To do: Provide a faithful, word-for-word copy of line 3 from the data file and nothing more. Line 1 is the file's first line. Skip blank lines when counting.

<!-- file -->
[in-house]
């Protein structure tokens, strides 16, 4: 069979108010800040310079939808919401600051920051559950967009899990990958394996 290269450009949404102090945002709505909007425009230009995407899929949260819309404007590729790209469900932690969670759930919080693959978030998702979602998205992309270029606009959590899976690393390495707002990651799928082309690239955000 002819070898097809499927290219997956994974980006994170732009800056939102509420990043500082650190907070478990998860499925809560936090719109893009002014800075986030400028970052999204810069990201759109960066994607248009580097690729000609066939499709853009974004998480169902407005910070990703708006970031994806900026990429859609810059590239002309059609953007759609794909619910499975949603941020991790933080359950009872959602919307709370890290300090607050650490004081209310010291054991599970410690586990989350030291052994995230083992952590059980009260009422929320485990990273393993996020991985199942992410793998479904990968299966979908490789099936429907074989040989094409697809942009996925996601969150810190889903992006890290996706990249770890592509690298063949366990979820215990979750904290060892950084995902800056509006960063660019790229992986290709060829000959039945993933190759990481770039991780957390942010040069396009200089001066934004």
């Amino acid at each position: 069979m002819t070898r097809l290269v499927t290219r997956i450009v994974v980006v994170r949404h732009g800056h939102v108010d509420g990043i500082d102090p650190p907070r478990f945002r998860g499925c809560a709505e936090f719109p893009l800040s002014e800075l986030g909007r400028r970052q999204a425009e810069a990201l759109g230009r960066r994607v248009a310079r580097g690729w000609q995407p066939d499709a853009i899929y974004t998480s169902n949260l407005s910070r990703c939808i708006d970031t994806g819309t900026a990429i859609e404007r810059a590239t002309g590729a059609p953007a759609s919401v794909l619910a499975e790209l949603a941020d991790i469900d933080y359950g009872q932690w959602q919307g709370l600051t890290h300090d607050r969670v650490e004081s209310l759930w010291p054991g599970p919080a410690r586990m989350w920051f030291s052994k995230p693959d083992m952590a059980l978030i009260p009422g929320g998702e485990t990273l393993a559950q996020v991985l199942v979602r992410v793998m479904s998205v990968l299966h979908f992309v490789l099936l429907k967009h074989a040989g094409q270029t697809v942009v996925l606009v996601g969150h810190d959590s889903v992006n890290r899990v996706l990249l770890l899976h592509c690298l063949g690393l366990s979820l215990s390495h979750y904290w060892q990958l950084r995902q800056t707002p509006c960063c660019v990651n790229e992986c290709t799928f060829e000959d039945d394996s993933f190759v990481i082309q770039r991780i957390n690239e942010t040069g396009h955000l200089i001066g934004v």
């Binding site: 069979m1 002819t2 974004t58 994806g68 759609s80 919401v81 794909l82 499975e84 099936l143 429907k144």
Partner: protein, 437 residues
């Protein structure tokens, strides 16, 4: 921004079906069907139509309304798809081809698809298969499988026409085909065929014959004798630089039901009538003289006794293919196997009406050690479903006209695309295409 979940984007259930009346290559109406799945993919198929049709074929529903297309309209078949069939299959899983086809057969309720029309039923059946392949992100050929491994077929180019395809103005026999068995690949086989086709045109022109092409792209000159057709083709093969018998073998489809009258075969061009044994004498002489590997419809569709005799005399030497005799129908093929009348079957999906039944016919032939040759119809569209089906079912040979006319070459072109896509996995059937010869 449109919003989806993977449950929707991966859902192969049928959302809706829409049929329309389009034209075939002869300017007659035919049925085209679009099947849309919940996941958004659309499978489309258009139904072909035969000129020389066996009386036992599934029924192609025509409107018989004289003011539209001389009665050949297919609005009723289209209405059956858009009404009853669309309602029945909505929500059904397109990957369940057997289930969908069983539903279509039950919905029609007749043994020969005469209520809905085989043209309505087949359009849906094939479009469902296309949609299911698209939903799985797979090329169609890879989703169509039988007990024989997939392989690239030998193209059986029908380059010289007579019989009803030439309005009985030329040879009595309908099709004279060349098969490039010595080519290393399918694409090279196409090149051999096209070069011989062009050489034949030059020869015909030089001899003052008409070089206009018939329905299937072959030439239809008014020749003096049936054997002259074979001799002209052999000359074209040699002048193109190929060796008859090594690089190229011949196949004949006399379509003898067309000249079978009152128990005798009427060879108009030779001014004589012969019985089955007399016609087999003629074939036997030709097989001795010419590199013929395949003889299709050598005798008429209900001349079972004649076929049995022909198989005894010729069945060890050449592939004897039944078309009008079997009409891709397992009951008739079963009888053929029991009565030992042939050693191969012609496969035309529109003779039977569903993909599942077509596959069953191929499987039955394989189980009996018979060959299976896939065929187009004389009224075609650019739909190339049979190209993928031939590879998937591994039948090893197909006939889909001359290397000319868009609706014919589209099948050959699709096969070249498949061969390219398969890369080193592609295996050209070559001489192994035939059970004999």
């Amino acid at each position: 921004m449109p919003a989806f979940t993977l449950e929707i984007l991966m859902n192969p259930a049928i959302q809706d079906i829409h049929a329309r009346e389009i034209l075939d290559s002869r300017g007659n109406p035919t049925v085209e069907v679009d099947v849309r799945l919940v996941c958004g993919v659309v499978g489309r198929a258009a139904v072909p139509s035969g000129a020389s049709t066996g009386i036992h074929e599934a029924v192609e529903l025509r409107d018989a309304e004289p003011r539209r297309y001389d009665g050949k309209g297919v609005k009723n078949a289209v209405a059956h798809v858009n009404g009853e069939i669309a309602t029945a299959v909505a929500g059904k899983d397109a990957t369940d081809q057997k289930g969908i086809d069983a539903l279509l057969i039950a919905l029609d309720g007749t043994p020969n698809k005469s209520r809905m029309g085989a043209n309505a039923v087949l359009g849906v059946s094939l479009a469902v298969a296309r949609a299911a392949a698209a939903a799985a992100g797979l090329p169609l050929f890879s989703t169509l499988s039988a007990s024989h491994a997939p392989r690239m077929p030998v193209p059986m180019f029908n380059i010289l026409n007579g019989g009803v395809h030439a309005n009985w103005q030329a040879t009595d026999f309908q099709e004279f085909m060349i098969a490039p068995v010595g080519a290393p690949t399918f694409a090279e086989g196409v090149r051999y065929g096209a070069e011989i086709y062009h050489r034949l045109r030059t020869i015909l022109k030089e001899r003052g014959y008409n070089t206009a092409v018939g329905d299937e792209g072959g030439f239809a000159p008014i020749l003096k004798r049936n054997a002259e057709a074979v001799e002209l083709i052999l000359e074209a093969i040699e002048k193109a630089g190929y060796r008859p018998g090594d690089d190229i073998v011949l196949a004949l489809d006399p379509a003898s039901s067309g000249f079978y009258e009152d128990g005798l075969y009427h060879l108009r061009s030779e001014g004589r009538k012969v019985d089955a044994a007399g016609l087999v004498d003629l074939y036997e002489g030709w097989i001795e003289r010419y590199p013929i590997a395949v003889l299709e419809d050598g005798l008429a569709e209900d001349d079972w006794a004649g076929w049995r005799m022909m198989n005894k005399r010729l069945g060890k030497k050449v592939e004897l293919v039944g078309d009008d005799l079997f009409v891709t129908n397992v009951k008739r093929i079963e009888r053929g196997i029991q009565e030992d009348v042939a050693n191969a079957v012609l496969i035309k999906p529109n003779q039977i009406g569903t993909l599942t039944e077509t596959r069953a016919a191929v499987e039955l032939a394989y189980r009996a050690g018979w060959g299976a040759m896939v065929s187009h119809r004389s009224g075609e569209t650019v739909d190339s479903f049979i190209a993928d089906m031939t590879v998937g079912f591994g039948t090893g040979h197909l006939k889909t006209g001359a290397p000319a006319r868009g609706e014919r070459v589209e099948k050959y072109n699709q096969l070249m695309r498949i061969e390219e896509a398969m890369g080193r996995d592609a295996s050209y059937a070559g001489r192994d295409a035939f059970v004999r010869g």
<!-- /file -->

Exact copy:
């Amino acid at each position: 069979m002819t070898r097809l290269v499927t290219r997956i450009v994974v980006v994170r949404h732009g800056h939102v108010d509420g990043i500082d102090p650190p907070r478990f945002r998860g499925c809560a709505e936090f719109p893009l800040s002014e800075l986030g909007r400028r970052q999204a425009e810069a990201l759109g230009r960066r994607v248009a310079r580097g690729w000609q995407p066939d499709a853009i899929y974004t998480s169902n949260l407005s910070r990703c939808i708006d970031t994806g819309t900026a990429i859609e404007r810059a590239t002309g590729a059609p953007a759609s919401v794909l619910a499975e790209l949603a941020d991790i469900d933080y359950g009872q932690w959602q919307g709370l600051t890290h300090d607050r969670v650490e004081s209310l759930w010291p054991g599970p919080a410690r586990m989350w920051f030291s052994k995230p693959d083992m952590a059980l978030i009260p009422g929320g998702e485990t990273l393993a559950q996020v991985l199942v979602r992410v793998m479904s998205v990968l299966h979908f992309v490789l099936l429907k967009h074989a040989g094409q270029t697809v942009v996925l606009v996601g969150h810190d959590s889903v992006n890290r899990v996706l990249l770890l899976h592509c690298l063949g690393l366990s979820l215990s390495h979750y904290w060892q990958l950084r995902q800056t707002p509006c960063c660019v990651n790229e992986c290709t799928f060829e000959d039945d394996s993933f190759v990481i082309q770039r991780i957390n690239e942010t040069g396009h955000l200089i001066g934004v």